Homeopathy Research—an Expedition Report: An Old Healing System Gains Plausibility
21 December 2017 (online)
P C Endler, email@example.com: Austria, Price: not given ISBN 3950144811, 2003.
‘And now’, as the saying is, ‘for something completely different!’
Christian Endler is known for his contributions to the study of high dilutions, and in particular as editor, with J Schulte, of Ultra High Dilution, a book that reviewed the research on the subject in 1994, followed by Fundamental Research on Ultra High Dilution and Homeopathy, in 1998. This slim volume is an altogether different kettle of fish, or rather tadpoles. Its style is light hearted, but its substance is serious. It is brief, but not superficial. And the resulting format makes it a compelling, entertaining, though sometimes mildly exasperating introduction to the breadth of ideas and many of the research themes that are current in contemporary homeopathy. It invites both the sceptic and the converted to think more critically about the phenomenon that they may be inclined either to dismiss or to accept too lightly. And it does so in a manner that will inform and should excite any student of homeopathy. I hope it will begin to appear on our teaching centre bookstalls.
Endler's expedition began in boyhood with an interest in the metamorphosis of tadpoles into frogs, and evolved over the years, once he became aware of the claims of homeopathy, into a study of the effects of dilutions and potencies of thyroxine on this process. From the beginning he recognised that no one factor acts independently to modify a biological process; that change in a biological system is always multifactorial. This applies as much to the conduct of experiments as to the outcome of therapeutic interventions. There is a great diversity of material in the book, which ranges over many fields of research and speculation related both to the specific activity of high dilutions and the whole nature of the therapeutic transaction in homeopathic practice. But for me, the question of the interaction of various influences upon biological, and indeed biophysical processes in general and healing processes in particular, is the core theme.
As homeopathic practitioners the book challenges us to be both bold and humble in the claims we make for what we do. Bold in affirming the role of the homeopathic prescription; humble in acknowledging that we do not understand that role, and that it may sometimes be only and necessarily a limited role within the therapeutic process as a whole. Bold also in asserting that homeopathy, for many reasons, has much to offer the worlds of medicine and science. It also challenges us to be continuously thoughtful and critical of our work and its effects so that we may all contribute intelligently, insightfully and creatively to this conversation.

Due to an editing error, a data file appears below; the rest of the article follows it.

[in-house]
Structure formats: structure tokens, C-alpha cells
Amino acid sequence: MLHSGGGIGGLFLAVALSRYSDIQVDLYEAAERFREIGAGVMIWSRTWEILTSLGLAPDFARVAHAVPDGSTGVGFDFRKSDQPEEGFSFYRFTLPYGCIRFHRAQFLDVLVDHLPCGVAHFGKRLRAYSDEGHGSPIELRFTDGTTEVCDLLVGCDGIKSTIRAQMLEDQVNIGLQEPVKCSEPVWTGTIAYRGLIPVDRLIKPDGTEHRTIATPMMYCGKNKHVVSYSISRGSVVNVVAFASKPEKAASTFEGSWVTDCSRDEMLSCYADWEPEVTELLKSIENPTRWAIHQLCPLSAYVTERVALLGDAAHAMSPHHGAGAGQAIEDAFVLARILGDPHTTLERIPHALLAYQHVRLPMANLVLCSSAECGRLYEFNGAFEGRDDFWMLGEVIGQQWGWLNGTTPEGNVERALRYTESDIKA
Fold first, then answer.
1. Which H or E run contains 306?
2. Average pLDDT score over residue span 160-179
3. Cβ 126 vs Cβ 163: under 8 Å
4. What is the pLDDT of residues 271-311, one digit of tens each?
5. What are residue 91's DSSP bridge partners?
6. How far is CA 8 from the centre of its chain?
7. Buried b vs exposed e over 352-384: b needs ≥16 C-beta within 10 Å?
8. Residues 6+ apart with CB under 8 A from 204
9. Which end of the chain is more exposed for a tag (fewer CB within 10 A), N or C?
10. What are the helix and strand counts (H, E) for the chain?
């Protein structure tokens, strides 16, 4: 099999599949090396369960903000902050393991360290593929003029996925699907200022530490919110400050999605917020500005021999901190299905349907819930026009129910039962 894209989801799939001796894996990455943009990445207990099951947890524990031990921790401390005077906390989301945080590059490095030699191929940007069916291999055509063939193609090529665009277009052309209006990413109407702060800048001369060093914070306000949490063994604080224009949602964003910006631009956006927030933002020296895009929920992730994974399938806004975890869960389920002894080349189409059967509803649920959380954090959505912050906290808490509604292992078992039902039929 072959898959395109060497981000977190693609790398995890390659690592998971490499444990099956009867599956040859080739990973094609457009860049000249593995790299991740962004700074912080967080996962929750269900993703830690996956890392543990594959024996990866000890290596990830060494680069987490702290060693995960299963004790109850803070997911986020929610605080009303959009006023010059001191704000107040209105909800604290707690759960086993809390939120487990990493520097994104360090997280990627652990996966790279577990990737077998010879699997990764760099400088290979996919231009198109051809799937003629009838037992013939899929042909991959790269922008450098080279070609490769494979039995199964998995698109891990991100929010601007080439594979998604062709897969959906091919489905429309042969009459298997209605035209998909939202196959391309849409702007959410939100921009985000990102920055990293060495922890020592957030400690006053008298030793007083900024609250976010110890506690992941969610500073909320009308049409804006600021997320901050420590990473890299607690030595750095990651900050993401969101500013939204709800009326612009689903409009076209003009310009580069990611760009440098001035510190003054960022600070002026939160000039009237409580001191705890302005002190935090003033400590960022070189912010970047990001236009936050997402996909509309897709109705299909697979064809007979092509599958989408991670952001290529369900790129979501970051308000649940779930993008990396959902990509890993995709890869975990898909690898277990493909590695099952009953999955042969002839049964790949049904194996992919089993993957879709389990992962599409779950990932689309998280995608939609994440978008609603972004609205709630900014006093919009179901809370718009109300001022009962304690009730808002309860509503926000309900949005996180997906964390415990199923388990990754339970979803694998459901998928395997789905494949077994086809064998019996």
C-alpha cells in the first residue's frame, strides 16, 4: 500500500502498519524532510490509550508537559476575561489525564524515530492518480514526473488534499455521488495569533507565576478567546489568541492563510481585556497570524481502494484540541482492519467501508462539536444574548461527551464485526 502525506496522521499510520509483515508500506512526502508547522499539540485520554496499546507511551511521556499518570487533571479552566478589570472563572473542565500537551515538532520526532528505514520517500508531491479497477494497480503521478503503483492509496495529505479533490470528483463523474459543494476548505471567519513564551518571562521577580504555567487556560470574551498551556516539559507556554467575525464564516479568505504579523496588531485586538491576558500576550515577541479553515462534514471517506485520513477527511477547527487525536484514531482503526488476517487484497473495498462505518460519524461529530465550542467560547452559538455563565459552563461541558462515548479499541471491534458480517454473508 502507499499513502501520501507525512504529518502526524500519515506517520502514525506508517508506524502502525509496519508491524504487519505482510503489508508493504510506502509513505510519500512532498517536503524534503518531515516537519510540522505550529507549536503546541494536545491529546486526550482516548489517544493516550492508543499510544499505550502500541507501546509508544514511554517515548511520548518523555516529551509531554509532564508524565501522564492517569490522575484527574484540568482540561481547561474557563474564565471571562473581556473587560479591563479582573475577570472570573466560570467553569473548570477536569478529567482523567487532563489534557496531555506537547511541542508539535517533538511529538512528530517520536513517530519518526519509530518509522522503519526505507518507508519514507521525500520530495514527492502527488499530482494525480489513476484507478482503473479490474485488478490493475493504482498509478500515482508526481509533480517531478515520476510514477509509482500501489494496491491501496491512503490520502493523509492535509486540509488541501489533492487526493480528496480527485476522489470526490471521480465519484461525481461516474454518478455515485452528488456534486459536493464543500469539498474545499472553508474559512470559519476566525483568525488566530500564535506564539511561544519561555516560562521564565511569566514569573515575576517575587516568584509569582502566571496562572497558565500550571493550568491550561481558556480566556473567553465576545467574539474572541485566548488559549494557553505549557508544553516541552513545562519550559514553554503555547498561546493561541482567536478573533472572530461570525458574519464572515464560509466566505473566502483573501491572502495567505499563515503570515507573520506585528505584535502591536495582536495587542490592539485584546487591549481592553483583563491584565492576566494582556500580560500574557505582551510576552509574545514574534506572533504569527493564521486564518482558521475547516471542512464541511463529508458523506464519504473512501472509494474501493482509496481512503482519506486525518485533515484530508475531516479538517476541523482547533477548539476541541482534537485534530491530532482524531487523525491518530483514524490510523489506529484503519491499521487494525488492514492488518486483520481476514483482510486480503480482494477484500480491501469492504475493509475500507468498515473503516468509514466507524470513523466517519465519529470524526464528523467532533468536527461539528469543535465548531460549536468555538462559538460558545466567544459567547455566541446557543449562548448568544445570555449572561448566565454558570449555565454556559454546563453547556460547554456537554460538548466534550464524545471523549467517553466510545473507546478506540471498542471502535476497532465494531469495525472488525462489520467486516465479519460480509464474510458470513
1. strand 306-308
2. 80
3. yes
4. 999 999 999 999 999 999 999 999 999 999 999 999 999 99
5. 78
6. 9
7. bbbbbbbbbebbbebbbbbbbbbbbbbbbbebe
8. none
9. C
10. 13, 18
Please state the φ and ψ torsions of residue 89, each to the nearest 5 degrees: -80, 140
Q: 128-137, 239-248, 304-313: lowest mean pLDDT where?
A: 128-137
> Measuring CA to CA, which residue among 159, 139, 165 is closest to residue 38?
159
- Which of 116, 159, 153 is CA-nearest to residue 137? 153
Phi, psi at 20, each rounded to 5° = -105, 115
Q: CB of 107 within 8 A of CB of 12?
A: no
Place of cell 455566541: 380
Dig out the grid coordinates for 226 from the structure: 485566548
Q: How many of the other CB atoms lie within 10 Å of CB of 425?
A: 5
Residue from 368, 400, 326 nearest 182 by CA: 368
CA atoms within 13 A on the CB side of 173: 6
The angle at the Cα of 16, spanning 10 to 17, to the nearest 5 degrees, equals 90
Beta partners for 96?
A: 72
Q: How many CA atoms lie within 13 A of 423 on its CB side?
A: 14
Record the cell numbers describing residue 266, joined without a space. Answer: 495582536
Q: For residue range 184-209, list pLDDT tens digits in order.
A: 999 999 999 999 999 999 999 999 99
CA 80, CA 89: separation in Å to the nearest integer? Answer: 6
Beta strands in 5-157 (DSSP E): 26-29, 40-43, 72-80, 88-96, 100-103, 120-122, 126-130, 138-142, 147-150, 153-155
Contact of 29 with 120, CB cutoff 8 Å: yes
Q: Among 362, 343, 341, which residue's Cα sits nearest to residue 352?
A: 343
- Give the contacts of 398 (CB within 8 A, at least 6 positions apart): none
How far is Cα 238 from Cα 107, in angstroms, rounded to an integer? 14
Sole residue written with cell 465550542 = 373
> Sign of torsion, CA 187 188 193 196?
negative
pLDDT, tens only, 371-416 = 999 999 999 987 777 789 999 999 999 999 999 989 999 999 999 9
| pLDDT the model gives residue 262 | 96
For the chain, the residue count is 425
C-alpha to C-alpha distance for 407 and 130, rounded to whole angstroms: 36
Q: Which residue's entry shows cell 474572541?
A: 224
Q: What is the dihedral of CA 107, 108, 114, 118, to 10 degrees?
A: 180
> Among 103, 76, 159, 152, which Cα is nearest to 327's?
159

Here are a few extracts in Endler's own words, and a quotation from within the book, to illustrate these points:
‘In a way, homeopathy's present popularity is a glaring criticism of orthodox medicine. Research into this field could therefore take us a large step forward towards a constructive criticism and improvement of medicine in general’ (Ernst).
Can homeopathy—articulate for the benefit of general medicine, a concept of health, disease and healing which does not depend on what critical voices call the ‘hocus pocus’ of succussion?
Is it then possible that homeopathic remedies really only work to a very small degree in order to bring about healing? They would only have to give a little impetus, and this impetus occurs, like the effect of a catalyst in the context of the therapy as a whole. It occurs in addition to the consultation—, in addition to the relationship which the patient has to his physician and to the therapy as a whole.
The potential effect of homeopathic treatment, which goes beyond chance, can be viewed as proven today. The accessibility of such effects is a subject of question, however. Is homeopathy ‘only partially’ accessible to science, then? Or does it give us the key to the ‘hidden marginal condition’.
There is a wealth of fascinating and provocative ideas here. There are no definitive answers, but a number of what might be called definitive questions, which we have a responsibility to keep asking of ourselves and of (medical) science.
The main sections of the book are: (1) Prehistory—the origins of the author's journey amongst tadpoles; his introduction to homeopathy; principles of dilution. (2) The amphibian model and homeopathy—adventures with tadpoles; investigations with high dilutions. (3) (Bio-)physical aspects—the properties of water; the properties of organisms. (4) The international forum—review of fundamental and clinical research. (5) The ‘holistic’ environment—psychological aspects, self-healing and integrative care.
As I have said, the book does have its mildly exasperating features. Its ‘expeditionary’ format is fragmented by all manner of ‘asides’—quotations, comments and research extracts in text boxes, and biographical anecdotes, as well as the necessary figures and diagrams, which can be disconcerting, even though they are always interesting in themselves. But each section has a useful summary of its main content at the end. There is a splendid ‘rogues gallery’ of photographs of most of the researchers in the field, including our own Peter Fisher and David Reilly. I found the index difficult to use and to relate to the text.
But for all its idiosyncrasies, this is a book I can wholeheartedly recommend as a worthwhile ‘expedition’ of discovery for the sceptical, the curious and the committed. And, indeed, for anyone who relishes the adventure of science as the open-ended process of enquiry and investigation that it ought to be.